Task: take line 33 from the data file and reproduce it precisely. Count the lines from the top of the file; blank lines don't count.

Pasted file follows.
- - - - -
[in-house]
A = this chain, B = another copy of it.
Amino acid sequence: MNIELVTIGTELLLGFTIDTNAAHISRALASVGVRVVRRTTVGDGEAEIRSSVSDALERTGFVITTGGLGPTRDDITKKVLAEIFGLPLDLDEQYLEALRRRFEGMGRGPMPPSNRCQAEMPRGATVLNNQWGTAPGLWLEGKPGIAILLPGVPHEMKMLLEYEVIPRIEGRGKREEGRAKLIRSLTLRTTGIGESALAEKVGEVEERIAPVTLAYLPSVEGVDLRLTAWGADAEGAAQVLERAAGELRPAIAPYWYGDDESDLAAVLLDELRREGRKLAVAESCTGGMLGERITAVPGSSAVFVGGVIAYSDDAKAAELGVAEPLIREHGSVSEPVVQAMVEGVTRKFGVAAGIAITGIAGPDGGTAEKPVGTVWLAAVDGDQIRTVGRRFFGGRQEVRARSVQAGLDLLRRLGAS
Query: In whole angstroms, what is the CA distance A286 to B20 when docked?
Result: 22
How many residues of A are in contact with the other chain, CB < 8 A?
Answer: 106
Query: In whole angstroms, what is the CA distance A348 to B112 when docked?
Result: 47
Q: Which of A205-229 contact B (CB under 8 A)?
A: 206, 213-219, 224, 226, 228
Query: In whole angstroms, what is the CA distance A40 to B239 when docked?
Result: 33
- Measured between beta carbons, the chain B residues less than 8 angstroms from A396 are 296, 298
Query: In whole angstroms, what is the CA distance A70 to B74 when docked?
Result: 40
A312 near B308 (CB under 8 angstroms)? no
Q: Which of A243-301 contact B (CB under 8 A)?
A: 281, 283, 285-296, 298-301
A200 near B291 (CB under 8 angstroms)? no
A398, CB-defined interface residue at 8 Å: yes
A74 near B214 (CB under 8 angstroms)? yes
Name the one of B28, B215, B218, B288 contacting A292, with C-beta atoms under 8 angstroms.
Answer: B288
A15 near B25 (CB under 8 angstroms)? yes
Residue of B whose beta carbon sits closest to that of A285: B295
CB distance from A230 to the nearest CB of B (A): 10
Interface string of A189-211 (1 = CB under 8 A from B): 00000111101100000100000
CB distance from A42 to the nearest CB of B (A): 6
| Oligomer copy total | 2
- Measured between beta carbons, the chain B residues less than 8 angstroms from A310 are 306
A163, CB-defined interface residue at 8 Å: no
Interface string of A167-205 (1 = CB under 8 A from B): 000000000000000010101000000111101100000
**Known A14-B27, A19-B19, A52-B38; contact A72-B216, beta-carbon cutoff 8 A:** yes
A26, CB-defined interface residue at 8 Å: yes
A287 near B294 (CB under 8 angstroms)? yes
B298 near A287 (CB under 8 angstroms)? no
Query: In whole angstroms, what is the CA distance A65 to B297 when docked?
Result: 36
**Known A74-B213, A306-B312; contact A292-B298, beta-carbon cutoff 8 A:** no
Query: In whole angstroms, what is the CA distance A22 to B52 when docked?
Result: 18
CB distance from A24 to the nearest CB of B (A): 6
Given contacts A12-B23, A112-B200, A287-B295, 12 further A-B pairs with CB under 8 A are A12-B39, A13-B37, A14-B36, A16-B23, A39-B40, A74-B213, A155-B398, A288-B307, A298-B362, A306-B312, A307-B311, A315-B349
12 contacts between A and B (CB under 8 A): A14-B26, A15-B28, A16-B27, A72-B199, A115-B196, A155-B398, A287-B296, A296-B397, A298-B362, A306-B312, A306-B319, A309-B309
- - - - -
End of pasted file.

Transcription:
Interface string of A167-205 (1 = CB under 8 A from B): 000000000000000010101000000111101100000